This topic is not one of those where governments have to meet the political, moral or economic pre-requisites of the American sense of good governance but one of urgency in preventing catastrophe in desperately affected areas.
Diagnosing the Brief Illness
The more serious issue pertains to a disease called Brief Illness because a majority of published obituaries in the Nigerian newspapers seems to have people who have succumbed to Brief Illness.
Maybe for reasons of circumspection the real causes of death cannot be published most especially if it is related to AIDS, there is another problem of proper diagnosis on the one hand and the other of useable medical histories.
From the tale of my NaijaBog friend, arriving at a proper diagnosis has been fraught with convention and opinion; the former on the assumption that he has malaria and the latter that it might be typhoid or something else.
It is a shame that there is no proper codification or analysis to pin this issue down, that he has therapeutic amelioration for malaria only to end up with another diagnosis related to some bacterial infection.
Many Nigerians do not have the benefit of a good diagnosis of their ailments for effective treatment to be administered for a guaranteed recovery for diseases and ailments that would not last days in better-equipped and knowledgeable settings.
You are now because of history
Where we have Nigerians of means who can avail themselves of international medical expertise; the lack of a medical history or poor knowledge of genetic issues leave doctors in the West having to deduce problems, which may not be common to their demographic.
For instance, cosmetic surgery works well for Caucasians, but those activities require a different approach with black skin for the fact that scarring is more obvious.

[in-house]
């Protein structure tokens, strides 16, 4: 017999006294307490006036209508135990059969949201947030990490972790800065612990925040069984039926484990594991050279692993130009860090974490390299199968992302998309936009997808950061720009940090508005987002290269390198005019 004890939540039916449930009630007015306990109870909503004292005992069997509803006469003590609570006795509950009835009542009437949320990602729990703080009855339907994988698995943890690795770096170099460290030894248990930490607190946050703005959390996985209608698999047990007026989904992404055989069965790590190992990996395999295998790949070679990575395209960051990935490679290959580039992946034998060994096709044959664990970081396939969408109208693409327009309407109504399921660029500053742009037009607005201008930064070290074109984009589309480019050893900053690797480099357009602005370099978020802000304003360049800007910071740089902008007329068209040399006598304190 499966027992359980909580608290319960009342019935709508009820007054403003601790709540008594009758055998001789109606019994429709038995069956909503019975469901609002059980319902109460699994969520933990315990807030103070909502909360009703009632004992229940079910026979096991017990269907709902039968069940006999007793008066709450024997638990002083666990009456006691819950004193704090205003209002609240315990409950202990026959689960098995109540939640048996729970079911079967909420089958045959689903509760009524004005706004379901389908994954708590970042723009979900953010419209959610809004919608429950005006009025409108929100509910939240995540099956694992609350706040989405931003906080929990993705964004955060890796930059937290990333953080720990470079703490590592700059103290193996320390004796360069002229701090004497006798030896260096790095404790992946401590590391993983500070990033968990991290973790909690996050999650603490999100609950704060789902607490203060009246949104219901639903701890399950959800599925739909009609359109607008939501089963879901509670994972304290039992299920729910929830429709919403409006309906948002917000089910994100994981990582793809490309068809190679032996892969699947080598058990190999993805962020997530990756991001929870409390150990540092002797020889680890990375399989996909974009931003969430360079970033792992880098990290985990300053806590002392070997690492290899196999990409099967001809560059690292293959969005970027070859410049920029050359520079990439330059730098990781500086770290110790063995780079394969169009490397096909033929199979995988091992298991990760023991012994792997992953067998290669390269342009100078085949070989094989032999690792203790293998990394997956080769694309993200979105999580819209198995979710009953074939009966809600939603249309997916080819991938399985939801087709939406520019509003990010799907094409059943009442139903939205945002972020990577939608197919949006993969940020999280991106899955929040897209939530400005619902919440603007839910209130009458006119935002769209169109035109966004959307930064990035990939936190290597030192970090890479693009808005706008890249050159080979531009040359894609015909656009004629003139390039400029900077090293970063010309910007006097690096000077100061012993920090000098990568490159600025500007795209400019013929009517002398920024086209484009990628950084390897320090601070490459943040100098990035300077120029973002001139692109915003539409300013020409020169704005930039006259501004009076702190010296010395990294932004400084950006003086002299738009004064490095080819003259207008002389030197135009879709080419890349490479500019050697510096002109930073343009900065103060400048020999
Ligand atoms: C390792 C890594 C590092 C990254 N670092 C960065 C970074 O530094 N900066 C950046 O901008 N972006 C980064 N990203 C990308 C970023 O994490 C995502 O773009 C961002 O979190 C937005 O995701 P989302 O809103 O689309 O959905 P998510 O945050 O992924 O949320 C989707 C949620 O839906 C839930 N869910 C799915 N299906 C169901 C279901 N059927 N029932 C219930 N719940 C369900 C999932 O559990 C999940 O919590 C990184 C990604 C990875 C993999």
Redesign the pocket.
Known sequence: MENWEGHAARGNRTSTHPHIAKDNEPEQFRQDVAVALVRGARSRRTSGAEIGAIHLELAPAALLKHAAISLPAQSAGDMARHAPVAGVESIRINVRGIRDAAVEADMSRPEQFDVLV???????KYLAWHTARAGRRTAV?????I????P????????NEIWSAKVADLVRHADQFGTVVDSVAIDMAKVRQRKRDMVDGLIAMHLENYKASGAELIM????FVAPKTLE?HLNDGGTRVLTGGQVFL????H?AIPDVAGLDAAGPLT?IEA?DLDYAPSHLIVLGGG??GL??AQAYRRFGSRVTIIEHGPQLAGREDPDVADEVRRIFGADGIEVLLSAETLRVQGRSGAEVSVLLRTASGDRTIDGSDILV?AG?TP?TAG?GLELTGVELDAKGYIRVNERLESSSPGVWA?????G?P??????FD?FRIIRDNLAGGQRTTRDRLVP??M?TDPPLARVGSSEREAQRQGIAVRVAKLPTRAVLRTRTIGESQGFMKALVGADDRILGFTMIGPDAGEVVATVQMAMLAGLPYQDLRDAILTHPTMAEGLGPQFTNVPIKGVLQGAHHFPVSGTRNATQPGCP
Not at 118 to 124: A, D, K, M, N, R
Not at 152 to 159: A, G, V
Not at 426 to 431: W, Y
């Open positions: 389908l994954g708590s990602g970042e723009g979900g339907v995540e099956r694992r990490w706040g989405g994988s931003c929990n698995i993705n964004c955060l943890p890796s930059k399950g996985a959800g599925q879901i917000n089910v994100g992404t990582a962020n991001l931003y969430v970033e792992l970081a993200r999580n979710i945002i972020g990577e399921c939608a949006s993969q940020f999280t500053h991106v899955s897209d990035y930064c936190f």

The lack of knowledge of pre-disposed, pre-existing, congenital or even tropical conditions when consulting Western medical personnel means paying for care will not result in an equivalent cure.
Personal miracles lacking verifiable proof
Beyond medicine we have the hold of herbal or traditional medicine where medicine men, witch doctors or even religious soothsayers offer all sorts of cures for every kind of ailment.
There is a possibility and many do get cured from their testimonies, but not many can provide medical proof of a pre-existing condition that has received a touch of the miraculous.
Part of the society is also entranced by superstition that it is possible for some to believe that a serious or chronic medical condition is as a result of some voodoo activity of enemies or detractors.
The witch doctors feed into this mentality milking the victims of all resources, comforting the hapless customer with fear in the hope that some remote coercion can lift the hex off the person leading to a cure.
It makes you wonder which century we are in.
Tackling the bottlenecks
The approach to medicine in Africa needs to change; we have not been able to grapple with healthcare enough to address health properly.
The governments and ministers who thwart every attempt to objectively address health issues with religious and ignorant pronouncements need to be brought to book first then condemned for trying to turn that challenge to their rotten opinions into a race or religious argument.
We cannot continue to sacrifice Africans to ideology and politics when there is much to be done to deal with issues that decimate some of our most productive talent and resources.